Well, I finally have an answer for you.
Instead, the girls looked plucked directly out of Tigerland (a collection of slightly trashy bars off of LSU’s campus) and looked bored. They sat on stools, staring off into space and eating sandwiches or distractedly texting on their smartphones. Needless to say, It wasn’t quite as glamorous as I expected.
But that 30 minute walk was the only disappointing part of Amsterdam ( and to be honest, it wasn’t that disappointing… I had an amazing waffle with nutella and banana).
01. If you put in enough time as the significant other of a medical student, they let you graduate, too. (Okay not really… I got my own master’s degree. But I should have at least gotten a certificate for my roleplaying skills.)
02. Y thinks very highly of himself. In the days leading up to graduation, he kept trying to whistle Pomp and Circumstance…but what came out was the Presidential March.
03. The beginning of your birthday month is the worst time to move. I just realized I’m going to miss all of the gift cards that stores send out during your birthday month. As I’ve gotten older, that has come to be one of the few perks of birthdays.
04. There is this video… from The Mickey Mouse Club... that involved Ryan Gosling, JC Chasez, and Justin Timberlake doing some kind of body roll. I had never seen it before, but at least 2 members of my book club remembered this dance move as something that made their elementary school hearts beat a little faster. Do you remember it?
05. I had a really important idea for an invention this weekend: a parental control-like feature that doesn’t protect users from inappropriate adult content… it protects users from SAD STORIES ABOUT ANIMALS. They’re EVERYWHERE. I can’t do it anymore. But I can’t not click when I see Baby Rhinoceros Cuts Off Tusk to Save Dying Sloth or whatever Huffington Post is reporting on at the moment.
06. Becoming a doctor doesn’t change a person too much, apparently. Y has spent his first few days of doctor-dom watching 30 Rock reruns and coming up with a code name for the walkie-talkies we have for our 16 hour drive to Minneapolis. He’s trying to choose between Tin Sparrow and Bronze Viper. I think I like Bronze Viper….M.D., obviously.
Really popular tourist attractions always seem like a great idea until you remember that they’re really popular tourist attractions.
In Holland, the most popular tourist attraction (outside of Amsterdam, I guess) is Keukenhof. Keukenhof, the world’s largest flower garden (my sources tell me seven million flower bulbs are planted there each year) (my sources are Wikipedia), is only open for two months of the year and the best place to see famous Holland tulips. It’s also home to the largest collection of foreign tourists in Holland, boasting approximately 20 loud tour buses per day. Its fanny pack exhibit rivals that of Disney World’s. And the organ… the organ is in a class of its own.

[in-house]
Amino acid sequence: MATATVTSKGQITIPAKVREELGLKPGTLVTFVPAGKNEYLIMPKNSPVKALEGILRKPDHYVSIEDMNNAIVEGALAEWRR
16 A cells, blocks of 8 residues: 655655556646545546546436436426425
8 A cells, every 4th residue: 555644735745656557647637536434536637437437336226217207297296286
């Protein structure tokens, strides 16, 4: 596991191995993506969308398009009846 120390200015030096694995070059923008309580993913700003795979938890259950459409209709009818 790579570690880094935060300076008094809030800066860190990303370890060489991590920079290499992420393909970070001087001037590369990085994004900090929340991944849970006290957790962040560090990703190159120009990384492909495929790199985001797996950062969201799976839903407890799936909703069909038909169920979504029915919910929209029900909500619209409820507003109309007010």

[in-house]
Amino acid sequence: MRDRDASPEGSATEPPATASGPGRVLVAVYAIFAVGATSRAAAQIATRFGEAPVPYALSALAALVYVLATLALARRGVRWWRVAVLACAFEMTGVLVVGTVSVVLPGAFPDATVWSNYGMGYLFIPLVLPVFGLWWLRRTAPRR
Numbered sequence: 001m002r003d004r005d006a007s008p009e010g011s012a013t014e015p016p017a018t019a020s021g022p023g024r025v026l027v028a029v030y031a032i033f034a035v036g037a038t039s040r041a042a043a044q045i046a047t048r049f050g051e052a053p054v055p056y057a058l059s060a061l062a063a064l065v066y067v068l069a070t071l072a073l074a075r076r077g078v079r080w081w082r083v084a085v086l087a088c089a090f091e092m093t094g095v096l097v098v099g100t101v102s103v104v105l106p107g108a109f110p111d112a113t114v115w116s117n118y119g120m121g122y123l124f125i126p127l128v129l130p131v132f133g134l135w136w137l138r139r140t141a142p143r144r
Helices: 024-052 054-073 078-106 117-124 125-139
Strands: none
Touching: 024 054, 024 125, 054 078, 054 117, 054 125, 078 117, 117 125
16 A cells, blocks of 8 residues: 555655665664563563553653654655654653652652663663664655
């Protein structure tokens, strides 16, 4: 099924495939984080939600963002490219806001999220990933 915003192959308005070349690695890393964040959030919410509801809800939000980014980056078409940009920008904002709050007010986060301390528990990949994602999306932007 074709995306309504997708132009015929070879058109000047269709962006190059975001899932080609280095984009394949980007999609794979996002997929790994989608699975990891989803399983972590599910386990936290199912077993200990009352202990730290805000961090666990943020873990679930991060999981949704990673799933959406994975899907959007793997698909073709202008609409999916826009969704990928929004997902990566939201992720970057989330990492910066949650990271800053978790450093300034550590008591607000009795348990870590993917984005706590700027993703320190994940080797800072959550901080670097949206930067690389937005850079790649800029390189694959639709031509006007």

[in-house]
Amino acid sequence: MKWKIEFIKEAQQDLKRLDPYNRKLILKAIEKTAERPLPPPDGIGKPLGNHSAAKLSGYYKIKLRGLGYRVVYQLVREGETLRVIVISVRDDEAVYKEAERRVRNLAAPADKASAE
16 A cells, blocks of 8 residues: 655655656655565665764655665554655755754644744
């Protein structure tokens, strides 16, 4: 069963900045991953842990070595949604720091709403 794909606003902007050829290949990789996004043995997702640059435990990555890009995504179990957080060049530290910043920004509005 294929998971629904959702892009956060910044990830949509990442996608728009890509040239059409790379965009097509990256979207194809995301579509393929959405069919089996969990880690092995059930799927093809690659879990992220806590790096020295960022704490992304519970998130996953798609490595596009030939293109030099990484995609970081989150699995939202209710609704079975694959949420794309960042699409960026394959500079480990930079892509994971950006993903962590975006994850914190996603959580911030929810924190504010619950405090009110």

When we walked in, this authentic Dutch organ was playing mood music. After a few seconds of careful listening, I turned to Y.
“Is that…” I paused, trying to think of the name of the song. Was it something I remembered from childhood? Maybe a traditional Dutch folk song? The lyrics came to me as the organ started playing the chorus.
“Tell me more, tell me more, did you get very far?”
Y looked at me in horror. He hates cheesy touristy things, and although I had warned him that Keukenhof might be full of tourists, he was not prepared for an organ playing a song from Grease.
Scratch that, friends. The organ was not playing a song from Grease, we soon found out. The organ was playing the entire Grease megamix. The same medley you might hear at a Bar Mitzvah party just after the chicken dance.
It was silly, and we would have rather stumbled across a field of tulips on our own than paid 20ish euro to walk around Tulip Disneyland. But we didn’t let that stop us from enjoying Keukenhof, which really was beautiful. We just made sure to do the hand jive the entire time.
Y’s favorite part was talking to this Keukenhof worker about windmills. This guy was legit: not only was he wearing clogs, his mother was born in a windmill and I’m pretty sure he had a “van der” in his last name.
In Holland I, the four year old, was our official family translator. Apparently, playing with Dutch children at preschool all day is a really great way to learn Dutch quickly. (I don’t know if I would recommend this if you’re over the age of, say, 6.) By the time we left Holland, I was fluent. But when we got back to the States, I think it took me approximately one Texas summer to ditch dank je vel for thanks, y’all. Suddenly, I was no longer bilingual.
I was hoping that when we landed in Amsterdam, all of my forgotten Dutch would come rushing back to me. But it turns out I remembered only four phrases:
I remember a lot of things about my neighborhood: leaving empty wooden shoes out on Christmas Eve for Sinter Klaas to fill with presents (apparently he doesn’t discriminate), getting stung by a bee in our back alley, the fact that you turned right to get from my house to preschool. But I cannot for the life of me remember there being a beach. I don’t particularly love the beach now… apparently it’s never impressed me.
Some other pictures from the Hague: